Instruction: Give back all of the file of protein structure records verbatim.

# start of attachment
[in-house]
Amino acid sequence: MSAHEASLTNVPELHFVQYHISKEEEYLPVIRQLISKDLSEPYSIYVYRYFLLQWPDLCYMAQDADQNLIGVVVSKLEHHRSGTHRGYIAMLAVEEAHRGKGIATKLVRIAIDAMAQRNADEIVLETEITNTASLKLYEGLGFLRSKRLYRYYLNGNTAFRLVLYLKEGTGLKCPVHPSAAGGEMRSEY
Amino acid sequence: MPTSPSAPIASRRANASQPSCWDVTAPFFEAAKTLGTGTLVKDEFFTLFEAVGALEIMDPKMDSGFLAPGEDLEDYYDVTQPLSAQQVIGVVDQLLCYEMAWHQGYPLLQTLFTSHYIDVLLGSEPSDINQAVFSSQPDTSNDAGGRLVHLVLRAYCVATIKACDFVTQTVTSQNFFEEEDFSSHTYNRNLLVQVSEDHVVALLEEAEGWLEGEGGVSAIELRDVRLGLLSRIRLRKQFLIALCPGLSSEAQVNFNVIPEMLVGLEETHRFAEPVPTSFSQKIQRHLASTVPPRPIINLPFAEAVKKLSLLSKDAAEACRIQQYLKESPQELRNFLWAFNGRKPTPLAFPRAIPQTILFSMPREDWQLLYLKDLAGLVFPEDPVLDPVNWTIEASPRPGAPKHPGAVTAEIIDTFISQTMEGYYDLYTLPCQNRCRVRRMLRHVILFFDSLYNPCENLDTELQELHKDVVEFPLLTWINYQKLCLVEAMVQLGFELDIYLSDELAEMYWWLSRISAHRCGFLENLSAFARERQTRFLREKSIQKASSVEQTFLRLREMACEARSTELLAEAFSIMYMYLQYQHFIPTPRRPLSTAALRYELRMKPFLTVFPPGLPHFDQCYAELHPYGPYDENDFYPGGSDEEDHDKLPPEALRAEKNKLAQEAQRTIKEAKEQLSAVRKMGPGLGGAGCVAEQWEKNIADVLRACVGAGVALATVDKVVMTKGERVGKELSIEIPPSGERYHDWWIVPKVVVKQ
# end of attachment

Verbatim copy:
[in-house]
Amino acid sequence: MSAHEASLTNVPELHFVQYHISKEEEYLPVIRQLISKDLSEPYSIYVYRYFLLQWPDLCYMAQDADQNLIGVVVSKLEHHRSGTHRGYIAMLAVEEAHRGKGIATKLVRIAIDAMAQRNADEIVLETEITNTASLKLYEGLGFLRSKRLYRYYLNGNTAFRLVLYLKEGTGLKCPVHPSAAGGEMRSEY
Amino acid sequence: MPTSPSAPIASRRANASQPSCWDVTAPFFEAAKTLGTGTLVKDEFFTLFEAVGALEIMDPKMDSGFLAPGEDLEDYYDVTQPLSAQQVIGVVDQLLCYEMAWHQGYPLLQTLFTSHYIDVLLGSEPSDINQAVFSSQPDTSNDAGGRLVHLVLRAYCVATIKACDFVTQTVTSQNFFEEEDFSSHTYNRNLLVQVSEDHVVALLEEAEGWLEGEGGVSAIELRDVRLGLLSRIRLRKQFLIALCPGLSSEAQVNFNVIPEMLVGLEETHRFAEPVPTSFSQKIQRHLASTVPPRPIINLPFAEAVKKLSLLSKDAAEACRIQQYLKESPQELRNFLWAFNGRKPTPLAFPRAIPQTILFSMPREDWQLLYLKDLAGLVFPEDPVLDPVNWTIEASPRPGAPKHPGAVTAEIIDTFISQTMEGYYDLYTLPCQNRCRVRRMLRHVILFFDSLYNPCENLDTELQELHKDVVEFPLLTWINYQKLCLVEAMVQLGFELDIYLSDELAEMYWWLSRISAHRCGFLENLSAFARERQTRFLREKSIQKASSVEQTFLRLREMACEARSTELLAEAFSIMYMYLQYQHFIPTPRRPLSTAALRYELRMKPFLTVFPPGLPHFDQCYAELHPYGPYDENDFYPGGSDEEDHDKLPPEALRAEKNKLAQEAQRTIKEAKEQLSAVRKMGPGLGGAGCVAEQWEKNIADVLRACVGAGVALATVDKVVMTKGERVGKELSIEIPPSGERYHDWWIVPKVVVKQ